I know I have written already about pyramid scams and cited one case of Emgoldex, which is now under investigation, but since then, so many other clones of pyramid schemes have cropped up.
The latest one being investigated is OneDream Marketing headed by a certain Arnel Gacer who, as of this writing, could not be located by the authorities. Similar to previous pyramid schemes that SEC had warned about, One Dream people allegedly offered investment slots of PhP 888 with an exit or pay-out promise of PhP 1,300 after 4 days. A PhP 1,776 investment slot would result in a pay-out of PhP 2,517.60 and so on. Investors were also promised PhP 44 per investment slot for each recruit or direct referral they bring in.
I am alarmed because Facebook has become the social media site of choice to do recruitment activities. I have also seen Facebook friends singing praise to such investment schemes and talking about their pay-outs as well as encouraging others to join in. Apparently, they think that just because they got paid, the scheme must be legit. FAR FROM IT. Those early payouts are simply to legitimize an illegal activity and to encourage investors to plunk in even more. And sadly, those early payouts likely came from later recruits, possibly from their own family and friends’ investments.
Last July 4, on my Facebook account, I wrote this:
This is what people need to know about pyramid investment scams.
1. Some people will get paid as promised. These are the ones who are lucky to be on the TOP of the triangle. The scam will perpetuate because these very same people will be the ones to say the investment works. And their “proof” will unfortunately attract more people.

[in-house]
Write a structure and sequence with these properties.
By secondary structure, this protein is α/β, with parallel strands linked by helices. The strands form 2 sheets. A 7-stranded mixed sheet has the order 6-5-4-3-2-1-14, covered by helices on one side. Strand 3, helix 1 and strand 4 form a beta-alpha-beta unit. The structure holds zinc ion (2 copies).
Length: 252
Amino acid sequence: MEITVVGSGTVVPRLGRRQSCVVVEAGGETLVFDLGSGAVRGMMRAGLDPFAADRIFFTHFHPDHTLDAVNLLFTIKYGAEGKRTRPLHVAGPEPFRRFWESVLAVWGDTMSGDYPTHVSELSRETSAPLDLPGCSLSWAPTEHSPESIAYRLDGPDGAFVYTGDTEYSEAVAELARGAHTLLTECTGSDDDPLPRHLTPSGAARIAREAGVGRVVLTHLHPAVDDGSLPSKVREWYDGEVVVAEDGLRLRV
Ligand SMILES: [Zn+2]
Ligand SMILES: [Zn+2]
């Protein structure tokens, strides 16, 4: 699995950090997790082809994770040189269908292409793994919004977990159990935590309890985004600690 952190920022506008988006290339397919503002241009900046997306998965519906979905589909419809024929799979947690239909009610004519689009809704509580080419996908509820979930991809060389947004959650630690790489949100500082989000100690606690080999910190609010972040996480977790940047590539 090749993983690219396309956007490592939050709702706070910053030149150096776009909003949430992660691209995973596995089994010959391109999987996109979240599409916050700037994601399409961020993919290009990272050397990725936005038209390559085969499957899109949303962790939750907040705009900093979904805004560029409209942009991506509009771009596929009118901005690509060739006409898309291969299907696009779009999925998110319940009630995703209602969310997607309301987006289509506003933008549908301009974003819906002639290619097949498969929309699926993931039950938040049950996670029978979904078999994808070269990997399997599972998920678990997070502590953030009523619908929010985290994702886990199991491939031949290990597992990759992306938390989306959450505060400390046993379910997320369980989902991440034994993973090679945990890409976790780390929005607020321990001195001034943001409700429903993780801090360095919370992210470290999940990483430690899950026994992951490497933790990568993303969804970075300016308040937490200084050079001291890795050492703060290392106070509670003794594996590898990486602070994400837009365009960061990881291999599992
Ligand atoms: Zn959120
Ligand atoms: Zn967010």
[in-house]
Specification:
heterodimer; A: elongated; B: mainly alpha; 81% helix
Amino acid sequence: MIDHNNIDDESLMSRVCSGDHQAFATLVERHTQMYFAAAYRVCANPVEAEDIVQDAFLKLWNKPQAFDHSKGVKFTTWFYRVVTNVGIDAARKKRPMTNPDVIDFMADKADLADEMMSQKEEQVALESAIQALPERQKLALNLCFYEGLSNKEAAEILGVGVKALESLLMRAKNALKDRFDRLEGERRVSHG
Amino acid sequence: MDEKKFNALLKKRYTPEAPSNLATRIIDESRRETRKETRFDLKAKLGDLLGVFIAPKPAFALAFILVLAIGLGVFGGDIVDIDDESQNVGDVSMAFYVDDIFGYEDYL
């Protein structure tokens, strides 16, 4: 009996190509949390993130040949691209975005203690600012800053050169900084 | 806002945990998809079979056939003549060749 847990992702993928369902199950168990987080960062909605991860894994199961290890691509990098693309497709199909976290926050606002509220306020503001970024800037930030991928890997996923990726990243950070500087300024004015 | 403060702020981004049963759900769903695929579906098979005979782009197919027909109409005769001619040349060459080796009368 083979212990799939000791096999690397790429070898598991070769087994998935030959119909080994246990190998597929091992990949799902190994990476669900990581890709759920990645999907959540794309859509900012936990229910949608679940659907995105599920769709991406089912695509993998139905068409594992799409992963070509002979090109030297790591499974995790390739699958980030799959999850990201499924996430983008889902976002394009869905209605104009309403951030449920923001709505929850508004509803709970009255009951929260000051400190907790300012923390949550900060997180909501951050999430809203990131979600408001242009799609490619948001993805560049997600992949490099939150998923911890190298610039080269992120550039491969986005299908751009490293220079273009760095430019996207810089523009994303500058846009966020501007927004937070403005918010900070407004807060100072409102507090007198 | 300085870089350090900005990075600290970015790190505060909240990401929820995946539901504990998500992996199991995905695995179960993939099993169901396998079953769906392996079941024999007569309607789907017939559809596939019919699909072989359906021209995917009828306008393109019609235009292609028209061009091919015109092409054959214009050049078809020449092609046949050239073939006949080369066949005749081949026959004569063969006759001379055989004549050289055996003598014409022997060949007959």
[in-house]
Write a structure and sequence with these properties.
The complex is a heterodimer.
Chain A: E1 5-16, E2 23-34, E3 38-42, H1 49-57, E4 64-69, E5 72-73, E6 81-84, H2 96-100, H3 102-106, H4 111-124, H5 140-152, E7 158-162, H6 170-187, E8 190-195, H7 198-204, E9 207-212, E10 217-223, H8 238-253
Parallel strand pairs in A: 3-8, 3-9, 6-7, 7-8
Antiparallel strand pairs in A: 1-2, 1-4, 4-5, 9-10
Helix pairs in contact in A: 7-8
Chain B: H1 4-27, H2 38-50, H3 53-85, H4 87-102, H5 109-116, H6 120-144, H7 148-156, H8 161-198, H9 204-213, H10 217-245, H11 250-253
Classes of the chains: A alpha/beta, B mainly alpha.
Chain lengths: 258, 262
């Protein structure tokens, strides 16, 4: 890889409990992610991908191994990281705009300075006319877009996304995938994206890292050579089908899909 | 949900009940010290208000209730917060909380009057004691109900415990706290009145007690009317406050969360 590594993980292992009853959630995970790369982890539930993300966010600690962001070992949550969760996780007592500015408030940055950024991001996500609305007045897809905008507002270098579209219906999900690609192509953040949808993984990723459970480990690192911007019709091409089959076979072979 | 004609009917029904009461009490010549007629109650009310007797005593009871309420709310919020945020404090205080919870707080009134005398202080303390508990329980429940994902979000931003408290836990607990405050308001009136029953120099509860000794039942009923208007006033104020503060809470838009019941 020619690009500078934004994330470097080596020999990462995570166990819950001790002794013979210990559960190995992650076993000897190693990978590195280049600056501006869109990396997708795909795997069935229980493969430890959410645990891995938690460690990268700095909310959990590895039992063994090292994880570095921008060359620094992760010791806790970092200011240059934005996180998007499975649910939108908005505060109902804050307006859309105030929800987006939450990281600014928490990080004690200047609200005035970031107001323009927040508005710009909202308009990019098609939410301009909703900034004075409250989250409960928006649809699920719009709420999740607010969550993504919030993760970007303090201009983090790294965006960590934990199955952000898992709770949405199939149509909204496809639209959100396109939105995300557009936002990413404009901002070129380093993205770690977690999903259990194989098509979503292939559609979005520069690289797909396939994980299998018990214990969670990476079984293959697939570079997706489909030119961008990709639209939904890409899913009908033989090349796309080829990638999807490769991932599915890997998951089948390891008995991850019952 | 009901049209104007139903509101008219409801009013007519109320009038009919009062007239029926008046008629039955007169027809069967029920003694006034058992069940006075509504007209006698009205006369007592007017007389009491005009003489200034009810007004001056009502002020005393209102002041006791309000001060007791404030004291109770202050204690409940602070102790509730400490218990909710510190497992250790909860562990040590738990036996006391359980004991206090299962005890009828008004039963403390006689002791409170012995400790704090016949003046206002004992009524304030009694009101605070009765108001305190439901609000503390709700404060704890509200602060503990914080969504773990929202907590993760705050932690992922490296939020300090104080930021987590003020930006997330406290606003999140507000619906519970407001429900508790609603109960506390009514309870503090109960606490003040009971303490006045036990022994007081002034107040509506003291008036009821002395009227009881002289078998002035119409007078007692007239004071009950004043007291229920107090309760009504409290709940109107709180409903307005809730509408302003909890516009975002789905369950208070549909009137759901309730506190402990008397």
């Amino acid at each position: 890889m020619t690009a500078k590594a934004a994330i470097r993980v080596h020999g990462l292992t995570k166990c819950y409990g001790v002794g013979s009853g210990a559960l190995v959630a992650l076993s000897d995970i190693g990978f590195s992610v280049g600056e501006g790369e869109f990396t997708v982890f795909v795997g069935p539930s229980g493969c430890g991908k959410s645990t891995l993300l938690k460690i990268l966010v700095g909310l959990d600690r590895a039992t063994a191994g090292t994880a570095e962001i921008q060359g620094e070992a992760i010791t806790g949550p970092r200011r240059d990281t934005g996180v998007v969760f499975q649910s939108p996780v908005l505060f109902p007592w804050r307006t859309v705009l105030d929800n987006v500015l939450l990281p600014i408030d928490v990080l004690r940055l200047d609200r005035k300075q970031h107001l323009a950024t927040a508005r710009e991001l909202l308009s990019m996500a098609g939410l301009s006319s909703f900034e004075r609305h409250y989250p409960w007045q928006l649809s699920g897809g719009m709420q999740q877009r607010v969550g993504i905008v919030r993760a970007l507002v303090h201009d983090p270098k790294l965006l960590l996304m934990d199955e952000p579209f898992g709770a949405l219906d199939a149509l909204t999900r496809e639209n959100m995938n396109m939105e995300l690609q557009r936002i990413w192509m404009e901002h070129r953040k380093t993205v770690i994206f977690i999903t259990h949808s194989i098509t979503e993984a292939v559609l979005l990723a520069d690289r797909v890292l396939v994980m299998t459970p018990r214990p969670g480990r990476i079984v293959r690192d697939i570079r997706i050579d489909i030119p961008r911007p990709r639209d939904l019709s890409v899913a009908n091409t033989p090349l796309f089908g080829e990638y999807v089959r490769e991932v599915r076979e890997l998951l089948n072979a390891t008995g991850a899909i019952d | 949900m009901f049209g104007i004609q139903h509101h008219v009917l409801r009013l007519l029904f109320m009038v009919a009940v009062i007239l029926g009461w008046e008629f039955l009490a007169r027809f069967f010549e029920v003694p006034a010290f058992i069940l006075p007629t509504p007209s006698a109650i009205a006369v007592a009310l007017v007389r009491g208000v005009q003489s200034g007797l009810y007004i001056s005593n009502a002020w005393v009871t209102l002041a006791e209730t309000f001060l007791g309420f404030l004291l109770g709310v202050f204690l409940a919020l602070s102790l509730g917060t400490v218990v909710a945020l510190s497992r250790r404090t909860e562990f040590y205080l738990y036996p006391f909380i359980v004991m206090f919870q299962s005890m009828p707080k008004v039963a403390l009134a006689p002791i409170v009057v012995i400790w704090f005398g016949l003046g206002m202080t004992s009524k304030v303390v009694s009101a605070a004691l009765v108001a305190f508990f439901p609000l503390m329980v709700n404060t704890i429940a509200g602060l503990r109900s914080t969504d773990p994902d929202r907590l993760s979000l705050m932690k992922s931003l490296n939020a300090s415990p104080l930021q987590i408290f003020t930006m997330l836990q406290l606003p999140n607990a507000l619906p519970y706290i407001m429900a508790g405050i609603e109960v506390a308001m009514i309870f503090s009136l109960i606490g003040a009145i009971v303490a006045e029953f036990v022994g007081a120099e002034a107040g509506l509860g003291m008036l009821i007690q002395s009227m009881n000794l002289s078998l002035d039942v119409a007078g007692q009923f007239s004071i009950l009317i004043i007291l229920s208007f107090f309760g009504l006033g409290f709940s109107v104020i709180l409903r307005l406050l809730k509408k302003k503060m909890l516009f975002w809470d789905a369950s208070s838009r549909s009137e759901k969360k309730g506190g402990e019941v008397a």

2. The investment scam will continue to be “viable” while people below are able to recruit as required (remember: 2 or more new recruits/investors for every investment is asked). Once people start breaking the recruitment chain or cannot recruit as required, the funds will slowly dry up. Those who won’t get paid as promised are the ones in the lower rungs of the triangle.
3. If you got paid, most likely your payment came from the investments of those recruited below you, not from company earnings from a legit business. This is the saddest part – earning from the hard-earned money of others.
4. What those on top need to watch for is this. Since you got your investment back, and more, you are likely to invest even more, thinking you will again get back a lot more. Those new investments put your funds at the lowest end of the triangle. Do you want to risk it?
Again, last July 22, I posted this on Facebook:
The SCAM is very clear and is repeated in similar forms by other firms (some named by SEC; others not yet named) and yet people keep believing it is the easy money way.
The scam works this way:
1. You invest by slots (amounts per slot may differ from one company to another)
2. For every investment slot, you have to recruit a certain no. of people
If anyone on my timeline has been offered such investment, please (if you value your hard-earned money), DO NOT INVEST!
If you are already invested, take it out asap and STOP RECRUITING! Whatever you have already received did not come from company income but from other recruits who are just as blinded because of the promise of huge earnings in just a few days. DON’T DRAG YOUR FAMILY & FRIENDS TO LOSE THEIR OWN MONEY.
Get-rich-quick schemes where the company has no known or viable way of earning what it promises to pay you is simply A SCAM. Stay away!
The way to protect yourself is NOT to wait for SEC to issue any advisory. Study the scheme of the company offering you investment opportunities and see if their business can indeed support the kind of earnings or payback they are offering you. If it is too good to be true, it usually is.
I will update the list below with the companies listed on the SEC website under their “SEC Advisories (Babala)” section as doing unauthorized investment-taking activities. (Caveat: This list may not be comprehensive and may not be updated on a real-time basis)